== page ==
In writing one of my books, Quality Management Demystified (McGraw-Hill, 2006), I explored the many solutions to the problem Plato posed that have been developed both in quality management (as defining quality) and in project management (as scope definition, requirements elicitation, and requirements definition). The best minds in project management and quality management have focused on this issue for one reason: To succeed in business, we have to find a way to do what philosophers have never been able to do!
My Book to Help You
The Many Types of Requirements
In Project Management Success: Best Practices in Scope Definition, we discussed eight questions we must answer to define all the requirements of our project. To discuss this with our client, we must simplify it down to two:
- Functional Requirements: What must it do?
- Feature Requirements: What are the features, and what should each one look like, and what should it do?
The best way to elicit these from the customer is not with documents, but with prototypes, mock-ups, pictures, or diagrams. We want to create an environment where the customer encounters the product (or, at least an idea of the product) and shares experience and reaction. We need the customer seeing and touching something, and saying "This feels right," and "No, this doesn't work."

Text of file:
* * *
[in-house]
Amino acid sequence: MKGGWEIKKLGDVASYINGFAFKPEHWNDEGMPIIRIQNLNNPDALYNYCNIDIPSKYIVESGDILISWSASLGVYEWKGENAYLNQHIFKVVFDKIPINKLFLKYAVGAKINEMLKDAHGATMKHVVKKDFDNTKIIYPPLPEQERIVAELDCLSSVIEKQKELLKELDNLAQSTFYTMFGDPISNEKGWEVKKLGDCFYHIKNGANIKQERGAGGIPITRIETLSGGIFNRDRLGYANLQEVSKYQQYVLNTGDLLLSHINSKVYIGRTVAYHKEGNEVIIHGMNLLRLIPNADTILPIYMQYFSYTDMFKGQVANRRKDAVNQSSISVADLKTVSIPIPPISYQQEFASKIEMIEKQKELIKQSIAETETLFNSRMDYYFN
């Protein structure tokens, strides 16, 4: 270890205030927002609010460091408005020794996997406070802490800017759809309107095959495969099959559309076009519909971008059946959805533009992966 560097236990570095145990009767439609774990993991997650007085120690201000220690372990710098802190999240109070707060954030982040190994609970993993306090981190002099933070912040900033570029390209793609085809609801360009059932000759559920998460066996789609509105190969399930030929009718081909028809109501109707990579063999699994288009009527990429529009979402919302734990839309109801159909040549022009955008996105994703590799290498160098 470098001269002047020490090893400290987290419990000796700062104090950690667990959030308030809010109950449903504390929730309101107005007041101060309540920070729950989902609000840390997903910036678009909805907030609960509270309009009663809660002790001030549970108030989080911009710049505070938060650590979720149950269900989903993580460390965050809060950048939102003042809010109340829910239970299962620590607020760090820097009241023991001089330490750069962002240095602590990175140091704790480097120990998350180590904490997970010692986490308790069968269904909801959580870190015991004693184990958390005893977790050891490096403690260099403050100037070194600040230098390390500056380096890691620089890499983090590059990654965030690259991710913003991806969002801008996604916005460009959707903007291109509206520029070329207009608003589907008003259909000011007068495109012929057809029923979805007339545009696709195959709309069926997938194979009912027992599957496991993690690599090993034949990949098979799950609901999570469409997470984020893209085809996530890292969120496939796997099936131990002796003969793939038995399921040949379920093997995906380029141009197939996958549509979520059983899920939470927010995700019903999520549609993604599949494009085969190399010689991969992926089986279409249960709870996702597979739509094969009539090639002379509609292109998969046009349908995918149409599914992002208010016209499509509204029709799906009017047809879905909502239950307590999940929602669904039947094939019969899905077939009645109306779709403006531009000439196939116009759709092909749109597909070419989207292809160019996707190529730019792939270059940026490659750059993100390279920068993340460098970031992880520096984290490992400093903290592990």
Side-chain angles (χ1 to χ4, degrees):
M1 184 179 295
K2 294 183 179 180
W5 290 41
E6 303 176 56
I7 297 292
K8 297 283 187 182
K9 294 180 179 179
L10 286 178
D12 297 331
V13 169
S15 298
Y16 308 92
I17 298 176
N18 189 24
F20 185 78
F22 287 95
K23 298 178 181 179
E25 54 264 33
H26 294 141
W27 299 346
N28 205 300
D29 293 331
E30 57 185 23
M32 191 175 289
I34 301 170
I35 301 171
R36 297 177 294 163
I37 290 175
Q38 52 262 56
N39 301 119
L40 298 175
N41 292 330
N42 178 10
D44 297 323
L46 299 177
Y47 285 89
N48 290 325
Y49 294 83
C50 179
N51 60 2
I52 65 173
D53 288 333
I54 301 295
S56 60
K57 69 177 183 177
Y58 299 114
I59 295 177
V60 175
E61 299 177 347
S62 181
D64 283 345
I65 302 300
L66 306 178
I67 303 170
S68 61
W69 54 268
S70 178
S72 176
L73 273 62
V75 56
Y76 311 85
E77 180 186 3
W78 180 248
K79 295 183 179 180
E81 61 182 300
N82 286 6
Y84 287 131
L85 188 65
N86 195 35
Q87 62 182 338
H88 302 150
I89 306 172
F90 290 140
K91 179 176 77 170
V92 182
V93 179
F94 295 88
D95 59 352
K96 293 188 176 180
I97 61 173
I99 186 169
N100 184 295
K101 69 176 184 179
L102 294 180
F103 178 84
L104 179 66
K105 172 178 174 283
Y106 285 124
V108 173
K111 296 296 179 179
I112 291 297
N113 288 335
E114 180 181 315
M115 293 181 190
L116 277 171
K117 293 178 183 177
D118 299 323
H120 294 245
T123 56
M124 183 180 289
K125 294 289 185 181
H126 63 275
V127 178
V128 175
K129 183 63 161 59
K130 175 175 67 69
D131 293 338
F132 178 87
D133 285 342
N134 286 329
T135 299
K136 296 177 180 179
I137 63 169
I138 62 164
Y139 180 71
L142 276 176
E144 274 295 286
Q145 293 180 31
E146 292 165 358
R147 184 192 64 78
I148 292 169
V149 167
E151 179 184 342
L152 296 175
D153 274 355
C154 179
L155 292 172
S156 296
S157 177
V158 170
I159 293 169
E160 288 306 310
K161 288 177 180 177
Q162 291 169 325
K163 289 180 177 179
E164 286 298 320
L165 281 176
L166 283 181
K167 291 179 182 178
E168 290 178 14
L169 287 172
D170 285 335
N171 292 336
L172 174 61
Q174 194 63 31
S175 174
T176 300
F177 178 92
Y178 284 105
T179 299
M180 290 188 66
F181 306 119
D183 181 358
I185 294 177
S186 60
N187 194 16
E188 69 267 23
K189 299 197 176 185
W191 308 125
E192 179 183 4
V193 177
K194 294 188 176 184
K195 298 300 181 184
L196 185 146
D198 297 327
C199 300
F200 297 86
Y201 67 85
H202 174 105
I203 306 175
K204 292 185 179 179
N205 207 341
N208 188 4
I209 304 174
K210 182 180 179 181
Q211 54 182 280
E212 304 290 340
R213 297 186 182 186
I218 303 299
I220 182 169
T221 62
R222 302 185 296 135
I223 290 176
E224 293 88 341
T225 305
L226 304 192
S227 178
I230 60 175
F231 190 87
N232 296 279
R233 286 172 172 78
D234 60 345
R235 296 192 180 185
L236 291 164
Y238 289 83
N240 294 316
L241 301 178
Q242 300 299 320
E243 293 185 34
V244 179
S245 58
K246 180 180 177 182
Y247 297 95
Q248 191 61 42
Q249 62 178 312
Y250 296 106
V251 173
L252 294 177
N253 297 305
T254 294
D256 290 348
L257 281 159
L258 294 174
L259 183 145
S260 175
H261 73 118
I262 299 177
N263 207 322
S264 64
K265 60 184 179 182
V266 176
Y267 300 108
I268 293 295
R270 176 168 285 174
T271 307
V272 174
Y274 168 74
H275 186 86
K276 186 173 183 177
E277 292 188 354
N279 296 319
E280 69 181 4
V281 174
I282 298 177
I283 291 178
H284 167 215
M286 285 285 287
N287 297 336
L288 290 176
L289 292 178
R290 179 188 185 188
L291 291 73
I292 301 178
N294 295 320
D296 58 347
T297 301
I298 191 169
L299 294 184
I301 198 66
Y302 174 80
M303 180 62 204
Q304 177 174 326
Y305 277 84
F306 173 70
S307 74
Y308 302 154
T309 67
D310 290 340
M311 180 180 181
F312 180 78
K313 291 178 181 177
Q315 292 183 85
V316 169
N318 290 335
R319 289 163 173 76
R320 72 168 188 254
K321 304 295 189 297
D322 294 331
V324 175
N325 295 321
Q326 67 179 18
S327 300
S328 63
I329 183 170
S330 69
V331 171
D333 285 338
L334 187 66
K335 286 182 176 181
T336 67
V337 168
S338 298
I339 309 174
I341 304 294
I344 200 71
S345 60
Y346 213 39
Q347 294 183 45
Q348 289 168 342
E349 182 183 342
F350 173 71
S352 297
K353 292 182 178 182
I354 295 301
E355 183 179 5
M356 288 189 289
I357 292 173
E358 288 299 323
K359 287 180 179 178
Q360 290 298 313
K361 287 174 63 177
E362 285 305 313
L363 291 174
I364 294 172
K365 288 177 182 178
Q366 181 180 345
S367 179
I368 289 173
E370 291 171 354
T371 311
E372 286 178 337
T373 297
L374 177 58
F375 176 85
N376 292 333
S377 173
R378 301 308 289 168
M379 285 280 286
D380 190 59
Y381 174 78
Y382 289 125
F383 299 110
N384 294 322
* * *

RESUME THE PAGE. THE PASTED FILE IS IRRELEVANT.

Meet With Everyone: No Exceptions!
I have reviewed the results of dozens of projects that were installing Enterprise Resource Management (ERM) systems, a type of operations management tool. Very often, executives tried to cut costs by convincing the project manager to meet with departmental managers, and not with every worker. Every time I've heard of that mistake being made, the project failed: No exceptions, in large businesses, government, or medium-sized business. (Small businesses don't use ERP.)